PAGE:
Nicholas de Estleche dictus le Tardif
Maistre de le Pelican, Coteswold Herault Extraordinaire
Time period/s of interest:
The Anarchy through the lifetime of William Marshal (1139-1219), Black Death and around (1348)
Activities of interest:
Combat (all forms), Heraldry (in the SCA that includes names, not just arms), Genealogy, Trade
The records on Nicholas de Estleche are incomplete but we do know at this stage is that he was born in Eastleach, Gloucestershire sometime in the mid-late 1120s.
He was certainly old enough to be fighting by the end of what is now called the Anarchy and seems to have been in his twenties at the end of fighting. Although his father’s name has yet to be established it appears that he was definitely fighting for Matilda at Lincoln and witnessed the capture of King Stephen. It is unknown whether he chose his side from conviction or geography, but it certainly helped to raise the family’s status. It’s likely but not known for sure that Nicholas entered combat with his father for Matilda, probably in his teens. There is circumstantial evidence that Nicholas may have met or indeed acted in some capacity for Henry during his first disastrous invasion of England in 1147. (It is thought that his appellation “the Slow” was somehow earned during this period as he is sporadically referenced as such from this time.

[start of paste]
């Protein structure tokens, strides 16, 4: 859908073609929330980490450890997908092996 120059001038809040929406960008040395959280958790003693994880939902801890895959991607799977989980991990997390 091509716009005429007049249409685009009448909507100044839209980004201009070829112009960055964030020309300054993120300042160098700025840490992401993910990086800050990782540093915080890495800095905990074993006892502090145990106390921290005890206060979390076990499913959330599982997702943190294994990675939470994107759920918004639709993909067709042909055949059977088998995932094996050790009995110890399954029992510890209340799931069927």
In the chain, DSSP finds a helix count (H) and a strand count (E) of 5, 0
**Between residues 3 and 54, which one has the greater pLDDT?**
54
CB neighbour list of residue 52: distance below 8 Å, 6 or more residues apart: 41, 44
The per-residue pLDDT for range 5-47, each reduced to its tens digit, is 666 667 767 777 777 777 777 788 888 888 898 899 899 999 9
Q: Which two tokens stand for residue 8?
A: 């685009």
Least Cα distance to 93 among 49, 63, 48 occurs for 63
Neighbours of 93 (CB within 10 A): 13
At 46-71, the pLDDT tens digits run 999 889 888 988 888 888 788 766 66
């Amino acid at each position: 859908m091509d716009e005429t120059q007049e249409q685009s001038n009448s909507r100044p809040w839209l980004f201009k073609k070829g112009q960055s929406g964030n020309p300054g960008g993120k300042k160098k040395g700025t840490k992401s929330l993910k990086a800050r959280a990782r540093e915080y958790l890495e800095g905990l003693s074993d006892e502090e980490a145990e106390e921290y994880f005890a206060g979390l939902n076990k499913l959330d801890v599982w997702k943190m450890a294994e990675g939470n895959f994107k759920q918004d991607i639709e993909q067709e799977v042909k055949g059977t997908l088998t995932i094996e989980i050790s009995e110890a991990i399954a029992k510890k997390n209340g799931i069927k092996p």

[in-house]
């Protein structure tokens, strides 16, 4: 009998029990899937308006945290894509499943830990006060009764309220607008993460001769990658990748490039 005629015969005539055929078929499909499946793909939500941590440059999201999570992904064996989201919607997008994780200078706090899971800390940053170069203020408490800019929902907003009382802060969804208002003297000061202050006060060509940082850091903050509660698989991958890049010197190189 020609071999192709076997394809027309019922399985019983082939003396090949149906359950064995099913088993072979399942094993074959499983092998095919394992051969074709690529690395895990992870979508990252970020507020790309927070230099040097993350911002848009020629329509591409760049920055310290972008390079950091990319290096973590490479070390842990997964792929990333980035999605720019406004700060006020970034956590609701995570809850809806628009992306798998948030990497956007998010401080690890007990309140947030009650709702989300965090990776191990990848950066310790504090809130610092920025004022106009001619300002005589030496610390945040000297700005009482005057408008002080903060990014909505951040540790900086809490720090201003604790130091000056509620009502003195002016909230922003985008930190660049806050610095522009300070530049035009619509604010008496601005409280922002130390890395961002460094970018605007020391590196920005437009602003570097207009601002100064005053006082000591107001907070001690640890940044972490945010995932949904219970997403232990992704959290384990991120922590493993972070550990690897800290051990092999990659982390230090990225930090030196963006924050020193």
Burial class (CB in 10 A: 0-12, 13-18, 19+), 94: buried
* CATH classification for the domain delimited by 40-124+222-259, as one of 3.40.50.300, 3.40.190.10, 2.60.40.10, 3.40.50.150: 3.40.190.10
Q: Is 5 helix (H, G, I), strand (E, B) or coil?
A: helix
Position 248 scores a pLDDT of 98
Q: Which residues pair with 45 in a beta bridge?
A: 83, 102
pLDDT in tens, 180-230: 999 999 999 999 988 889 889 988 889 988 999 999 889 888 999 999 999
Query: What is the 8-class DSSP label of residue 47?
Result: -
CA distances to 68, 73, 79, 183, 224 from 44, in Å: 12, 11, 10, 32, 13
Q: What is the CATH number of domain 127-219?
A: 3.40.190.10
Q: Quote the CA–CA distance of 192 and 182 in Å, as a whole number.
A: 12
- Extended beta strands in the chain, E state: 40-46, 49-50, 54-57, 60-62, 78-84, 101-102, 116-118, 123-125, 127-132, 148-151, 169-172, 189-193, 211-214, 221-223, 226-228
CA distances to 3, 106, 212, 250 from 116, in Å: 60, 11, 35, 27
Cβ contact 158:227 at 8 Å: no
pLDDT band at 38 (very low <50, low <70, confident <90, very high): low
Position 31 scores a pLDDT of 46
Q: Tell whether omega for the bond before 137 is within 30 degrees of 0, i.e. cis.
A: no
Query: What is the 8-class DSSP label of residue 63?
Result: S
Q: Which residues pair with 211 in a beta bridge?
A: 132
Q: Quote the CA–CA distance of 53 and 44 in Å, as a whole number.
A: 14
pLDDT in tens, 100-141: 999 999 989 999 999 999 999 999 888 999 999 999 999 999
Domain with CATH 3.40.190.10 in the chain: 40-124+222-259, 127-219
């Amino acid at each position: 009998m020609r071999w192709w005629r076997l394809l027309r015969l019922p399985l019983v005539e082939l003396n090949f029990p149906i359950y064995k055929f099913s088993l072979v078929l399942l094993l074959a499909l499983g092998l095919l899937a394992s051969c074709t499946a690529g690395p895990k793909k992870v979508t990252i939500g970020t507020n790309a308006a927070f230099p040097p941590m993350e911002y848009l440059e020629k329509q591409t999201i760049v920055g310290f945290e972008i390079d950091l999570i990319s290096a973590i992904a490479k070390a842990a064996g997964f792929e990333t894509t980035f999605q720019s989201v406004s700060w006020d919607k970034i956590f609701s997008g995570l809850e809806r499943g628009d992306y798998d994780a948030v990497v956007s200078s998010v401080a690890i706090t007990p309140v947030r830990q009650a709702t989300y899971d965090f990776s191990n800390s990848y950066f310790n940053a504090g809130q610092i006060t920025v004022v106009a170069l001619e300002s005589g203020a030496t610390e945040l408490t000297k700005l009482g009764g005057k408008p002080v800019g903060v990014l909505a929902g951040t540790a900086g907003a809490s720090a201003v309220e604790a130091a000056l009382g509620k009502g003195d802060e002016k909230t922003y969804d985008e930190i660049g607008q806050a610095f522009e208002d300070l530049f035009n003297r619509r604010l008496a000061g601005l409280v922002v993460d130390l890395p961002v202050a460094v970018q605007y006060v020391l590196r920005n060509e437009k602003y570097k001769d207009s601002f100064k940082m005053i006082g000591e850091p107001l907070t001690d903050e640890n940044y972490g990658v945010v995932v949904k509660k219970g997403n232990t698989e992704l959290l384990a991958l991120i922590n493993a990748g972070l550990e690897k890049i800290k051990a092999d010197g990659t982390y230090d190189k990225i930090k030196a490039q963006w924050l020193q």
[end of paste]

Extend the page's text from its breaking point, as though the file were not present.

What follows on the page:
With a reputation of being quick witted and in good health it is unclear how this apparently derogatory nickname came to be or why he would embrace it as he clearly did by the time he was competing in the European tournaments after the Anarchy.) Nicholas certainly benefited from Henry’s accession to the throne in the 1150s. Having said that it is far from clear that he remained loyal during the intervening period, especially after the death of his father in 1149. During the early years of Henry’s reign it is known that Nicholas traveled on the continent taking part in tournaments and was also in the habit of visiting monastic and other libraries. By the late 1160s, in his mid to late 30s, he vanishes from currently known records.
One speculative reference just before this hints at some kind of trouble with church authorities. No previous record alludes to this, although so far, despite being known to use the libraries, no known grants were made by Nicholas to religious institutions, unusual for the day, although it may simply reflect a lack of evidence rather than evidence of lack. We do know that he was unmarried at the time he disappears from known records and left no family or legacy in Eastleach itself which was in the hands of the Turville family by 1200.